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"There is a darkness to the reverie": An Interview with José Angel Araguz

John Sibley Williams

JOSÉ ANGEL ARAGUZ is a CantoMundo fellow and the author of seven chapbooks as well as the collections Everything We Think We Hear, Small FiresUntil We Are Level Again, and, most recently, An Empty Pot’s Darkness. His poems, creative nonfiction, and reviews have appeared in Crab Creek Review, Prairie Schooner, New South, Poetry International, and The Bind. Born and raised in Corpus Christi, Texas, he runs the poetry blog The Friday Influence and composes erasure poems on the Instagram account @poetryamano. He also reads for the journal Right Hand Pointing and serves as a co-editor of Airlie Press. With an MFA from New York University and a PhD from the University of Cincinnati, José is an Assistant Professor of English at Suffolk University in Boston where he also serves as Editor-in-Chief of Salamander Magazine.


Williams: Place seems to be a defining element to all your work. How do you feel place shapes your writing? How does place shape your experience of the world?

Araguz: Place can be a way of making present people and politics that matter to me. My poetry always comes back to two formative places: Corpus Christi, Texas and Matamoros, Tamaulipas. Not only is my family’s story scattered across these two places, but some of the essential issues of our times play out on this border: immigration from a variety of countries (not just Mexico), narcotraffico, and the ensuing violence against women, children, and the poor. There is no memory that isn’t tinged with darkness, with threat and danger. Even in the life my mother worked hard to provide for me in Texas, poverty and fear created a backdrop that has made me approach other places I’ve lived in with clear eyes. So even in a poem where I reference the many rivers of my life – from the Rio Grande to the Hudson and Willamette – there is a darkness to the reverie that keeps me honest and, like a river, in motion.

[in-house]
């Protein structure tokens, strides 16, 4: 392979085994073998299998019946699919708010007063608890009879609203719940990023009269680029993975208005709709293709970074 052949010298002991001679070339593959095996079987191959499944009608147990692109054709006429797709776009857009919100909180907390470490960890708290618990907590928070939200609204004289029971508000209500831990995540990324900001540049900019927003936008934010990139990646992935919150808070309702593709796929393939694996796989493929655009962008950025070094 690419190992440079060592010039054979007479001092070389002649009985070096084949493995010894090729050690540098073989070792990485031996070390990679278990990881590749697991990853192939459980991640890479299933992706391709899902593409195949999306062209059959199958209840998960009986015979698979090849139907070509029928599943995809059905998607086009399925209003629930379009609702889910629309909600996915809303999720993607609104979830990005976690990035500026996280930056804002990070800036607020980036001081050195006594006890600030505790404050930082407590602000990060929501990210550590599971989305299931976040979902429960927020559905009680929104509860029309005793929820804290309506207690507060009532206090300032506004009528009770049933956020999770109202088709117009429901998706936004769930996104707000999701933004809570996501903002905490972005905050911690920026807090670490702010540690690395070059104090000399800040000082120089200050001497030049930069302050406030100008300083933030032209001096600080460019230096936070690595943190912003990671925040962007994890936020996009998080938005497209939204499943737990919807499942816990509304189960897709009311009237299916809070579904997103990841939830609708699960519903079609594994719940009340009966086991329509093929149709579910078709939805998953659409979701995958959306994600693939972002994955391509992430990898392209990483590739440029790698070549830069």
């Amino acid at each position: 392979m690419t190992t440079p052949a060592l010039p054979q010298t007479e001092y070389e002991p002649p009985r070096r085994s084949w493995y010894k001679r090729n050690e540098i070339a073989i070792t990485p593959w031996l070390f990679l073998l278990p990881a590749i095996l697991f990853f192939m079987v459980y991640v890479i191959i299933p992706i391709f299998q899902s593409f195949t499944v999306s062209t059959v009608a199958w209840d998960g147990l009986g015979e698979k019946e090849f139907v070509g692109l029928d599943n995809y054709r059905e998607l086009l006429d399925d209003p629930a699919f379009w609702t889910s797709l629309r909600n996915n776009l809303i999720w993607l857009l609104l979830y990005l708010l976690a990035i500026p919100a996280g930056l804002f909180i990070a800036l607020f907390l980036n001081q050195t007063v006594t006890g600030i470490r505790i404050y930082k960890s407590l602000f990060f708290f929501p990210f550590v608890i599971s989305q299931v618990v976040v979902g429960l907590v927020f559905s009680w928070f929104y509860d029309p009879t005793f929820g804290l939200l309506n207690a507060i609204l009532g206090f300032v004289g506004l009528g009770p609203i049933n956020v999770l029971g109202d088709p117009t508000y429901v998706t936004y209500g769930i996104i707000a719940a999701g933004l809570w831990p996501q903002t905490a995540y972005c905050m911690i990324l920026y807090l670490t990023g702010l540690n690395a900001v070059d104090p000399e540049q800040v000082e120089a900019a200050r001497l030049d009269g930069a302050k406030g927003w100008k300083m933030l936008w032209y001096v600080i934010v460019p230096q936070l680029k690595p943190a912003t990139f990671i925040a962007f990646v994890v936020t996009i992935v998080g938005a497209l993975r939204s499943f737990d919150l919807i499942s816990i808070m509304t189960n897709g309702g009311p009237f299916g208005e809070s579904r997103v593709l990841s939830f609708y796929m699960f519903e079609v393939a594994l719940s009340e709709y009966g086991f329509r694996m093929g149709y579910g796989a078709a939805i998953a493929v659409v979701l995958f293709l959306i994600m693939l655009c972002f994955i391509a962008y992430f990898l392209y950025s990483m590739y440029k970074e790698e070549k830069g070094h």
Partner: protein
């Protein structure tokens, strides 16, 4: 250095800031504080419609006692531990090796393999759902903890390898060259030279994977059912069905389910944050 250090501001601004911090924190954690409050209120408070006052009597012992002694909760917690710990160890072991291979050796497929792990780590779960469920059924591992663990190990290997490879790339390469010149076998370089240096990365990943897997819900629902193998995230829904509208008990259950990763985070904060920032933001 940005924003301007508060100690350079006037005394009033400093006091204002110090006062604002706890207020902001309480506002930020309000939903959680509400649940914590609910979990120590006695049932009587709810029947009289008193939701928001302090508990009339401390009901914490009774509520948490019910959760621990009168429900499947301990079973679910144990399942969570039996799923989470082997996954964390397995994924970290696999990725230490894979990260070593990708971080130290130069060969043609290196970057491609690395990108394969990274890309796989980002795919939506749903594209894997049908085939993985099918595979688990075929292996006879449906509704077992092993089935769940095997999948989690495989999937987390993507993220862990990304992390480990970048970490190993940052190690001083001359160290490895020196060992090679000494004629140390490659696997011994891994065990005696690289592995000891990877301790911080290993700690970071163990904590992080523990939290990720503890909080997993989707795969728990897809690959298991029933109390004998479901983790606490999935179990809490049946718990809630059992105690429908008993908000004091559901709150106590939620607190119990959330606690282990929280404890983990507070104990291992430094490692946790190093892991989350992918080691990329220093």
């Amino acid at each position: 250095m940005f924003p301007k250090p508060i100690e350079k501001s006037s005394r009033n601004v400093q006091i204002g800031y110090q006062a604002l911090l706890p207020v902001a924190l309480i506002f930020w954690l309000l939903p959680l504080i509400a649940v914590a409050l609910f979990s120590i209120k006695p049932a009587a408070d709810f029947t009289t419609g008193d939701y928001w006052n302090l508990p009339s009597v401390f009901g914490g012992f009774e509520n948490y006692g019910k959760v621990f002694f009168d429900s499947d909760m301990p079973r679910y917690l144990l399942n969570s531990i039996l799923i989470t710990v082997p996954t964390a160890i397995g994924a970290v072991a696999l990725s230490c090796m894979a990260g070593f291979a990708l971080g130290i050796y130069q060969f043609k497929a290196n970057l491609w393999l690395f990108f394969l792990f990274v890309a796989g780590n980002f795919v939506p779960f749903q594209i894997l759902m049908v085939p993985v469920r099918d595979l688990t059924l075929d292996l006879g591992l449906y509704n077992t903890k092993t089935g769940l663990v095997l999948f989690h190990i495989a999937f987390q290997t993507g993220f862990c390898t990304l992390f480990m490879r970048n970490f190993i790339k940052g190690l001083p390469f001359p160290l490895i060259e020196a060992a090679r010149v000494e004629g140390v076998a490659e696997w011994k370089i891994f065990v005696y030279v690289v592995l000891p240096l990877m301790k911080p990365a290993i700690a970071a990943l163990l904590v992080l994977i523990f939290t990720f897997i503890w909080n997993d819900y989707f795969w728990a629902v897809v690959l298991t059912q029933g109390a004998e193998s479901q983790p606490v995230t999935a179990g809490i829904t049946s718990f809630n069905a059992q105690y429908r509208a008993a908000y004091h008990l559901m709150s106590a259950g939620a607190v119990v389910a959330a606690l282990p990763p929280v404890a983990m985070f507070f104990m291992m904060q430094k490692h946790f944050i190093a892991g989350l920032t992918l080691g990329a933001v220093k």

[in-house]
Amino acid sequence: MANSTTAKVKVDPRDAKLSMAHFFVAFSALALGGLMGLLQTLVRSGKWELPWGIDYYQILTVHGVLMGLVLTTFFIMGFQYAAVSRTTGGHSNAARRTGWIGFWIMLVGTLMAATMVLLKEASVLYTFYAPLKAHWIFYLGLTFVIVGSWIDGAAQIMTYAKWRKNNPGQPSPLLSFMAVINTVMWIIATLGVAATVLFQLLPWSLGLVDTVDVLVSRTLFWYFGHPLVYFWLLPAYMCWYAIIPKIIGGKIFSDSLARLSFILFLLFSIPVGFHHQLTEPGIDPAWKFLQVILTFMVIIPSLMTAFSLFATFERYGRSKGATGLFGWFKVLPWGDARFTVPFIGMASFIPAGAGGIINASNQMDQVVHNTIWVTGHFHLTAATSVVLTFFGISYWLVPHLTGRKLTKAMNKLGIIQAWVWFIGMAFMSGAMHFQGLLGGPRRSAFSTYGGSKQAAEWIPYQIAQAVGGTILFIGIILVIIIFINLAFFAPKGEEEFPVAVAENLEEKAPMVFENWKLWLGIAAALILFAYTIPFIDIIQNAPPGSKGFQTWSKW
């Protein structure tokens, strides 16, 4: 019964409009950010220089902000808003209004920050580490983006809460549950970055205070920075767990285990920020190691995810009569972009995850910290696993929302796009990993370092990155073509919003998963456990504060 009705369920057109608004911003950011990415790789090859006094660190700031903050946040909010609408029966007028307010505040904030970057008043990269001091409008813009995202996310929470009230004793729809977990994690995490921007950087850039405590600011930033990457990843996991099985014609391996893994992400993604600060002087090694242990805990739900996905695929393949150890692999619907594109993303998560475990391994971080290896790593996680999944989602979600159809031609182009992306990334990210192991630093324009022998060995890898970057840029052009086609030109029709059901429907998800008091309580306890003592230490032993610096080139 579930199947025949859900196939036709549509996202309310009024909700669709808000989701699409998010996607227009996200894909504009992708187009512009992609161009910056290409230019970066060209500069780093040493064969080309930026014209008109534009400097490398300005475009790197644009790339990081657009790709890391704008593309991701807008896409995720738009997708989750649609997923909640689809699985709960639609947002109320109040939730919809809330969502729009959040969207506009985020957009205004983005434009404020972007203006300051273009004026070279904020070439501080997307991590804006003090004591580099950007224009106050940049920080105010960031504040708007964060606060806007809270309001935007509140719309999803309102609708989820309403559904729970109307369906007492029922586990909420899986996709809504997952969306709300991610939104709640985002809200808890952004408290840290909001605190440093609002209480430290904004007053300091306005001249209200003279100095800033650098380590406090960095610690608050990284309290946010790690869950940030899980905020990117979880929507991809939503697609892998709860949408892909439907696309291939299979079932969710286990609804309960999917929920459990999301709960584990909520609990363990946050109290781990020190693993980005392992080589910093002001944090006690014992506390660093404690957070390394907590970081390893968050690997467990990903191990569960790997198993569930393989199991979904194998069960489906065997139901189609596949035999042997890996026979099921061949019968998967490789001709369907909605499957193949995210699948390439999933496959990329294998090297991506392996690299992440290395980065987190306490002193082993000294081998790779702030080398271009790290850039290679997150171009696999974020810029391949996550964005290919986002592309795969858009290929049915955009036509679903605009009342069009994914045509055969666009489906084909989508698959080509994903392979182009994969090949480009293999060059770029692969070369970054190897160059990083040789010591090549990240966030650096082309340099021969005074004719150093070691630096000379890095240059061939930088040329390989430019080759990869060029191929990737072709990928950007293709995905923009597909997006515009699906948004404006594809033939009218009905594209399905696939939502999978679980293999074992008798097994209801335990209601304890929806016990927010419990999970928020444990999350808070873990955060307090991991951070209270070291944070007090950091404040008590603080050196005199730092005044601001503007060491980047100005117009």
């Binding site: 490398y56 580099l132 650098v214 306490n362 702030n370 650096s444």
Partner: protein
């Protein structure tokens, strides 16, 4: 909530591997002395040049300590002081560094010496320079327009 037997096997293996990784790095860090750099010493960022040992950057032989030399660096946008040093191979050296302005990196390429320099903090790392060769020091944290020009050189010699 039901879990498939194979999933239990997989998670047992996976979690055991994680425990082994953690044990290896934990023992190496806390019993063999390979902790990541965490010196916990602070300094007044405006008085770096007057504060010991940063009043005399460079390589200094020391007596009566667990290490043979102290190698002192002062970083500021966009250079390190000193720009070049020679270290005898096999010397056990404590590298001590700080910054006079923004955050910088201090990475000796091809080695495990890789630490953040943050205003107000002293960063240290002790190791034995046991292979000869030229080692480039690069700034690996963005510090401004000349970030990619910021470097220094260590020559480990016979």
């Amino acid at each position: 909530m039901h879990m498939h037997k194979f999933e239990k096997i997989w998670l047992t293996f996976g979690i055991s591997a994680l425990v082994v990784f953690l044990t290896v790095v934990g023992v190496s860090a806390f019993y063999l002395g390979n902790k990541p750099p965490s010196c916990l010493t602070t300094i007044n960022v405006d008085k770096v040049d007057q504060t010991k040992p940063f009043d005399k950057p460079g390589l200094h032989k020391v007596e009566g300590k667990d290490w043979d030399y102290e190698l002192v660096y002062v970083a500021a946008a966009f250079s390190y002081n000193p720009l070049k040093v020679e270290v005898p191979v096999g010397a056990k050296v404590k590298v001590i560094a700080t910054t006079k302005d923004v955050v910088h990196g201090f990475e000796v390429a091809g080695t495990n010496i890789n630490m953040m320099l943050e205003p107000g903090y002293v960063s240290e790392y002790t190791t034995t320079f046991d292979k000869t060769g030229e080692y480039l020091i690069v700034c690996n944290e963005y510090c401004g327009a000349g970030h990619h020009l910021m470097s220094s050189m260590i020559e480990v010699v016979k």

Another crucial aspect of your work is culture. What are the challenges in writing about your cultural background in a way that resonates universally with all readers?

I tread carefully around the word “universal.” There’s so much instability to language that to count on a poem alone, the mere words on the page, to be universal, is to invite failure. When I say instability, I mean my own experiences reading my work to various audiences. Because I work primarily in English but move between it and Spanish regularly, I find I’m always second-guessing myself. Sometimes I look out and find myself translating Spanish mid-line, intuiting a need for it; other times, I let Spanish hang in the air. In the back of my mind, I hear criticisms of both moves. If in my writing I work hard to connect through stories and experiences of culture, this ambition is tempered by the fear of not connecting. What else to temper that fear but the poem itself? The vision that leads to the necessary language(s) is what keeps things together for me. But that just leads to words on a page. It’s my readers, ultimately, and their empathy, patience, and insight that do the work of making the connections. If there is any universality, it is in this precious, unstable transaction, not in the poem alone.